State-sponsored news channels like Al-Jazeera and RT are contributing to widespread repercussions that go beyond that of the family lounge room. The question is, what are those repercussions? After all, it’s only a TV show, right?
When defending the growing budget of the State Department, United States Secretary of State and current Democratic presidential nominee Hillary Clinton proclaimed that America is in the midst of “an information war, and we are losing that war”. She specifically singled out the predominantly state-funded cable news channels Al-Jazeera, RT (Russia Today) and CCTV (China Central Television) as competitors in this war for the ‘hearts and minds’ of the masses. Within the last twenty-five years, countries that can be classified as ‘non-democratic’ have produced and disseminated cable news channels that can be broadcast across the entirety of the globe. These state-sponsored news channels are challenging traditional media organisations in breadth, prestige and influence. The implications of this steady rise in cable news channels materialising from non-democratic nation-states is both reflexive and consequential of a changing economical, political, technological and cultural environment.
Every time I try to suggest to my family and friends that the Australian housing market is in a bubble – the likes of which no developed Western nation has ever seen before – I’m dismissed as a bit of a ‘crackpot’. Amongst the sneers and chuckles, I’m told that the Australian housing market is ‘different’. Yes, different. What makes it ‘different’ is something nobody can really tell me – but here are a few of the excuses I’ve heard:
A lot of Australians put a lot of new capital into their homes – renovate their homes, upgrade their homes – and we have the largest homes on average perhaps in the Western World, and the world more generally. So it’s a very different asset class in Australia than in other jurisdictions.
This means, naturally, we have to pay more for our houses – because they’re bigger than everyone else’s.
DEBUNKED: Hockey is correct in saying that a bigger house costs more than a smaller house. However, it doesn’t excuse why a median house price in Sydney is $1 million, whilst in Houston, a city of comparable size and wealth, it’s about $US146,600. Americans tend to challenge us for the title of most obnoxiously big houses in the Western world, so we’d hope to see some correlation there. But we don’t, the maths just simply doesn’t add up.
I have family and friends alike who have been fortunate enough to cash-in on Australia’s mining boom. Even though it looks like the ‘boom’ might finally be petering out, there’s still money to be made. But the golden goose doesn’t seem to be laying the golden eggs anymore… and I personally blame Skype.
You see, Skype and other forms of new technology have helped the mining industry break barriers that have existed ever since this country has had white folk in it. These barriers have been…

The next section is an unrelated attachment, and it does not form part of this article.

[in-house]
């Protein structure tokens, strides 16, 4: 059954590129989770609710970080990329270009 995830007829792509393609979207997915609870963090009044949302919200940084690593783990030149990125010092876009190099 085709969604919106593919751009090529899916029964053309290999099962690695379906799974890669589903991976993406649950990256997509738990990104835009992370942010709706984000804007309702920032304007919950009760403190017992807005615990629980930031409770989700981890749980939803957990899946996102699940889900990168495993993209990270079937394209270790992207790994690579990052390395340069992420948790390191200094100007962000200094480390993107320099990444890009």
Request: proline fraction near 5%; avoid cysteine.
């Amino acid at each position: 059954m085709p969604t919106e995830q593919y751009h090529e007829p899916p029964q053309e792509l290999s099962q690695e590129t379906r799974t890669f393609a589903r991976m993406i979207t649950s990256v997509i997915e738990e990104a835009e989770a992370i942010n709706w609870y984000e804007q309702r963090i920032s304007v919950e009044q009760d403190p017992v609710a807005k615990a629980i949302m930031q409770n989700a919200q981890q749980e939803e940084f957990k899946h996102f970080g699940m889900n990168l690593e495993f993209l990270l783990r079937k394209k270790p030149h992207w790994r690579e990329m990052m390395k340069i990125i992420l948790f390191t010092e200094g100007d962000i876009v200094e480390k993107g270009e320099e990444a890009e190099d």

Isolation – Australia is a fucking big country. Its vast distances meant that a mining town (i.e. Broken Hill or Ballarat) was permanent and therefore needed investment and infrastructure. Otherwise labour wouldn’t be enticed to live and work near or at the mines.
Community – This investment fostered a sense of community and camaraderie in these mining towns, so much so that the employees banded together.
The Workers – United together they formed associations and unions to increase economic and political influence for the betterment of their lot in life, their community, and last but not least…
Tony Abbott has stated a couple of times recently that if Australia doesn’t change course we’re destined to adopt a ‘Greek-style economic future‘ (i.e. contraction, stagnation etc.), pointing to his ‘deficit reduction’ as the remedy. Sadly his efforts are falling well short due to the fact he’s actually DOUBLED the deficit since coming to power. But never mind that embarrassing fact for the moment, I actually agree with Abbott – we are heading towards a social and economic calamity in this country sometime in the near future. But it won’t be the result of a trifle amount of debt left by his political fore-bearers. Oh no, it’s much worse…
The Doomsday Clock, devised by the Chicago-based Bulletin of the Atomic Scientists, now stands at three minutes to midnight, or doomsday. It has been adjusted 18 times since its creation in 1947. It has been set as close as two minutes to midnight, in 1953 when the United States tested a hydrogen bomb, and as far as 17 minutes from midnight, in 1991 as the Cold War expired.
Congratulations earthlings, as of the 23rd January 2015, we’re now only ‘three minutes’ away to literally wiping ourselves off the face of the earth! This is mostly due to the threat of nuclear annihilation (sprinkled with a bit of catastrophic climate change doom and gloom) because of our presumed inability to keep our finger off the red button. However, the big and muscly nations of the world see the whole matter differently – they’re turning back the clock, just like the very curious case that involved that Benjamin Button fellow. The great powers’ would like you to believe that their actions help it from striking midnight – and how could you not trust the sincerity of characters like Putin and Xi Jinping? That’s why they introduced the Nuclear Non Proliferation Treaty (NPT), an international treaty drawn up by the great powers’ (Nuclear Weapon States or NWS) with the advertised intention of promoting nuclear disarmament and promoting the peaceful use of nuclear energy. Nice bunch of guys just trying to protect the world, right? Well no, not really. The designated nuclear weapon states of China, France, Russia, the U.K and the U.S.A (NWS) finalised their implementation of the NPT by 1970, and continue their support in maintaining a tight control over who and ultimately who cannot attain nuclear weapons. For an example, look at all the current hoo-ha over Iran. This is in an era where everybody wants the bomb – from North Korea, to ISIS and the nice old lady next door. So I’m going to look at four main reasons why they want to keep nuclear weapons from being handed around like a pack of gum at an MDMA-fueled rave, and not all of them are as pure and altruistic as you may think. (more…)